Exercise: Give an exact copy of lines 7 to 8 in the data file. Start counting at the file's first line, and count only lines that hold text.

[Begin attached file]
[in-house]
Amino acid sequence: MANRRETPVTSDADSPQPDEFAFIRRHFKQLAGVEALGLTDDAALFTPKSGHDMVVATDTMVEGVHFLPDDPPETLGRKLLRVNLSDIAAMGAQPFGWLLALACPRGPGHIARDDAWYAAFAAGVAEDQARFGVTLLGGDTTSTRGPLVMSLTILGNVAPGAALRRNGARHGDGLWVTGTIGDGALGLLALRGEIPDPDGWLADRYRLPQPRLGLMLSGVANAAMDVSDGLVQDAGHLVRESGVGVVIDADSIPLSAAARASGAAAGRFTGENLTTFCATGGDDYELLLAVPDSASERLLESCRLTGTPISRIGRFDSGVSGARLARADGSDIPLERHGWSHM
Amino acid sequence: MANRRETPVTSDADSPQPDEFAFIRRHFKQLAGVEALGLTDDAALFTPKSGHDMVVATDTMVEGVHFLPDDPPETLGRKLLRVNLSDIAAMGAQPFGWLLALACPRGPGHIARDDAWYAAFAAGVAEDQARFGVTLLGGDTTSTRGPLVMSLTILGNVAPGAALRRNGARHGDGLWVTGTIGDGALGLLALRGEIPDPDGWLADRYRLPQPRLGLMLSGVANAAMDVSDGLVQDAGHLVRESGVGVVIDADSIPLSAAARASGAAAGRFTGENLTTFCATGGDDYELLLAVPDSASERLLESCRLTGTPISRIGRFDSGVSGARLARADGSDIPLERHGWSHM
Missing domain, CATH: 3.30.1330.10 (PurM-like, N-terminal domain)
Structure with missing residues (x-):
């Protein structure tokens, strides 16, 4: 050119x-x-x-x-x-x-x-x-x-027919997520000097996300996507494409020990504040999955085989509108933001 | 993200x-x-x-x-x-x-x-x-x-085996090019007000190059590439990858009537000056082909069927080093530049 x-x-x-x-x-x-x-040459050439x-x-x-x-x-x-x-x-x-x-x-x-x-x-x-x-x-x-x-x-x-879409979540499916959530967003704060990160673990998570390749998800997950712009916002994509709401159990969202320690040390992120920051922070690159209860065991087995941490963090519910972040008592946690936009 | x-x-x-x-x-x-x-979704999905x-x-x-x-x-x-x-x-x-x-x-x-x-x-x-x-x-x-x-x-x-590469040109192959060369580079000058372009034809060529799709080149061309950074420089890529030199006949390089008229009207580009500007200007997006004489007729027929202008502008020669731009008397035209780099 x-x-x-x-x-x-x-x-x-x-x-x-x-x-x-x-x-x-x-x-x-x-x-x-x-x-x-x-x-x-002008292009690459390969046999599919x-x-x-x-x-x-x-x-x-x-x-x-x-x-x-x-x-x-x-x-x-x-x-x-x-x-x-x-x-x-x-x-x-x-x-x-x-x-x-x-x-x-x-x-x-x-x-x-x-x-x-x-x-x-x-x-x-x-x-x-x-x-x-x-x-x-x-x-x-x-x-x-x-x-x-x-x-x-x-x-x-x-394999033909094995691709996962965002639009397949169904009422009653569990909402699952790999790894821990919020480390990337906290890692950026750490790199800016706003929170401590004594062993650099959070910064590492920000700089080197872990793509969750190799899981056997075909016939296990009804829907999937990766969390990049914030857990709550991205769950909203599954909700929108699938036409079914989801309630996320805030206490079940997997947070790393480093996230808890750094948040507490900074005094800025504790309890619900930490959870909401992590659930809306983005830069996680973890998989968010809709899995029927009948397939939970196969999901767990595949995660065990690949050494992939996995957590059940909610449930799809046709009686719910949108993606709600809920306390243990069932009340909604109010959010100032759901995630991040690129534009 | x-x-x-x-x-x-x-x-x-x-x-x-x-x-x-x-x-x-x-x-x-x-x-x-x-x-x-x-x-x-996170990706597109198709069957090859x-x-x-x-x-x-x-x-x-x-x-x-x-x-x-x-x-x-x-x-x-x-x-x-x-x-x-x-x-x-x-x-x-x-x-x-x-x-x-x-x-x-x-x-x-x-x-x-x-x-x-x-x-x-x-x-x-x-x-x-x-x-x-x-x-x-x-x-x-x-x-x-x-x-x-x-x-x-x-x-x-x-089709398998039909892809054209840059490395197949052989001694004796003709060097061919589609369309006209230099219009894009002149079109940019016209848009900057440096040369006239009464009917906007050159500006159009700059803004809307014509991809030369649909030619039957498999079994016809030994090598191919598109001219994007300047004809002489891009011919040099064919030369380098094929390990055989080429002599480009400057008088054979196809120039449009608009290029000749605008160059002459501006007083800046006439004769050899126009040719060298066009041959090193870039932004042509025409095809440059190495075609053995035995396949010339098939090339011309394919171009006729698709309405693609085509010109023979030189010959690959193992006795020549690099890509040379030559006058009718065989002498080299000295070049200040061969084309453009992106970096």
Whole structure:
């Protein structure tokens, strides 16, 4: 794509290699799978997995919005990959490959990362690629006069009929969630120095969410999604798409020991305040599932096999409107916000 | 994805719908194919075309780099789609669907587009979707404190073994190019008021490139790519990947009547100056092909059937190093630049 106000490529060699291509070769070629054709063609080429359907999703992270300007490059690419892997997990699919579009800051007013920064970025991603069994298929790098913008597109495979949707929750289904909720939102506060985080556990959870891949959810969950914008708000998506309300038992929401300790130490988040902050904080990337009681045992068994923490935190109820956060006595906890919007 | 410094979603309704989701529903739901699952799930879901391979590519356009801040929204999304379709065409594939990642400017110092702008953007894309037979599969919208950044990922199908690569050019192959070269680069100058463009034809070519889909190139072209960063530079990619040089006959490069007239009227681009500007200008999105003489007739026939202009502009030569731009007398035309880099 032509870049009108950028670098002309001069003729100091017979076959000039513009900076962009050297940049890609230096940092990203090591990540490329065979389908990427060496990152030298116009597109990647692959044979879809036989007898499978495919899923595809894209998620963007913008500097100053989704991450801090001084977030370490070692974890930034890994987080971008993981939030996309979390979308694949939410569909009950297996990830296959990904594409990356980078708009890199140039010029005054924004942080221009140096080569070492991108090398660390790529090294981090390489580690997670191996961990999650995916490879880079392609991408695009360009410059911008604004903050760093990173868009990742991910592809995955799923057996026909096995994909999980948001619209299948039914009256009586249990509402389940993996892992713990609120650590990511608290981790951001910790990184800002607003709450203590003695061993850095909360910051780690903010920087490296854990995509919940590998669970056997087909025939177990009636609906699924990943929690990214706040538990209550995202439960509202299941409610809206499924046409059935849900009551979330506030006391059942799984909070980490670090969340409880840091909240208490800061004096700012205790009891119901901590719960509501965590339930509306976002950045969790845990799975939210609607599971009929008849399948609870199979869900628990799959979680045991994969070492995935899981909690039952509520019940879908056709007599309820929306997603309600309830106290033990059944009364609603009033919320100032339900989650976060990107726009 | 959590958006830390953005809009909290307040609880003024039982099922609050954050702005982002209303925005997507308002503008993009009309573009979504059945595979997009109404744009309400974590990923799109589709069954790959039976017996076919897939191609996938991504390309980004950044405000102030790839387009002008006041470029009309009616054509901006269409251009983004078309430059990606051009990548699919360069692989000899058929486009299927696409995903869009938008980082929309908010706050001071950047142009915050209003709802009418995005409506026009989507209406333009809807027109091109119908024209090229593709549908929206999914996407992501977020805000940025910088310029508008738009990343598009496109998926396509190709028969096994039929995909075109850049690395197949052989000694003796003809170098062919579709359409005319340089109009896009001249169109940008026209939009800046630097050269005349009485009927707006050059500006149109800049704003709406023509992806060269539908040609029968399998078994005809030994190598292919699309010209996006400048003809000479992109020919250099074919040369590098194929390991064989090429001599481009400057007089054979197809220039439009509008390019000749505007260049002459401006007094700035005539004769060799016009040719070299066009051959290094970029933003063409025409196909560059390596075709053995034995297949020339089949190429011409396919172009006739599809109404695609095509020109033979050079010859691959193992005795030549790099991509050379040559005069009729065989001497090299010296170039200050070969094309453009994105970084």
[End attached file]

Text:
Whole structure:
């Protein structure tokens, strides 16, 4: 794509290699799978997995919005990959490959990362690629006069009929969630120095969410999604798409020991305040599932096999409107916000 | 994805719908194919075309780099789609669907587009979707404190073994190019008021490139790519990947009547100056092909059937190093630049 106000490529060699291509070769070629054709063609080429359907999703992270300007490059690419892997997990699919579009800051007013920064970025991603069994298929790098913008597109495979949707929750289904909720939102506060985080556990959870891949959810969950914008708000998506309300038992929401300790130490988040902050904080990337009681045992068994923490935190109820956060006595906890919007 | 410094979603309704989701529903739901699952799930879901391979590519356009801040929204999304379709065409594939990642400017110092702008953007894309037979599969919208950044990922199908690569050019192959070269680069100058463009034809070519889909190139072209960063530079990619040089006959490069007239009227681009500007200008999105003489007739026939202009502009030569731009007398035309880099 032509870049009108950028670098002309001069003729100091017979076959000039513009900076962009050297940049890609230096940092990203090591990540490329065979389908990427060496990152030298116009597109990647692959044979879809036989007898499978495919899923595809894209998620963007913008500097100053989704991450801090001084977030370490070692974890930034890994987080971008993981939030996309979390979308694949939410569909009950297996990830296959990904594409990356980078708009890199140039010029005054924004942080221009140096080569070492991108090398660390790529090294981090390489580690997670191996961990999650995916490879880079392609991408695009360009410059911008604004903050760093990173868009990742991910592809995955799923057996026909096995994909999980948001619209299948039914009256009586249990509402389940993996892992713990609120650590990511608290981790951001910790990184800002607003709450203590003695061993850095909360910051780690903010920087490296854990995509919940590998669970056997087909025939177990009636609906699924990943929690990214706040538990209550995202439960509202299941409610809206499924046409059935849900009551979330506030006391059942799984909070980490670090969340409880840091909240208490800061004096700012205790009891119901901590719960509501965590339930509306976002950045969790845990799975939210609607599971009929008849399948609870199979869900628990799959979680045991994969070492995935899981909690039952509520019940879908056709007599309820929306997603309600309830106290033990059944009364609603009033919320100032339900989650976060990107726009 | 959590958006830390953005809009909290307040609880003024039982099922609050954050702005982002209303925005997507308002503008993009009309573009979504059945595979997009109404744009309400974590990923799109589709069954790959039976017996076919897939191609996938991504390309980004950044405000102030790839387009002008006041470029009309009616054509901006269409251009983004078309430059990606051009990548699919360069692989000899058929486009299927696409995903869009938008980082929309908010706050001071950047142009915050209003709802009418995005409506026009989507209406333009809807027109091109119908024209090229593709549908929206999914996407992501977020805000940025910088310029508008738009990343598009496109998926396509190709028969096994039929995909075109850049690395197949052989000694003796003809170098062919579709359409005319340089109009896009001249169109940008026209939009800046630097050269005349009485009927707006050059500006149109800049704003709406023509992806060269539908040609029968399998078994005809030994190598292919699309010209996006400048003809000479992109020919250099074919040369590098194929390991064989090429001599481009400057007089054979197809220039439009509008390019000749505007260049002459401006007094700035005539004769060799016009040719070299066009051959290094970029933003063409025409196909560059390596075709053995034995297949020339089949190429011409396919172009006739599809109404695609095509020109033979050079010859691959193992005795030549790099991509050379040559005069009729065989001497090299010296170039200050070969094309453009994105970084």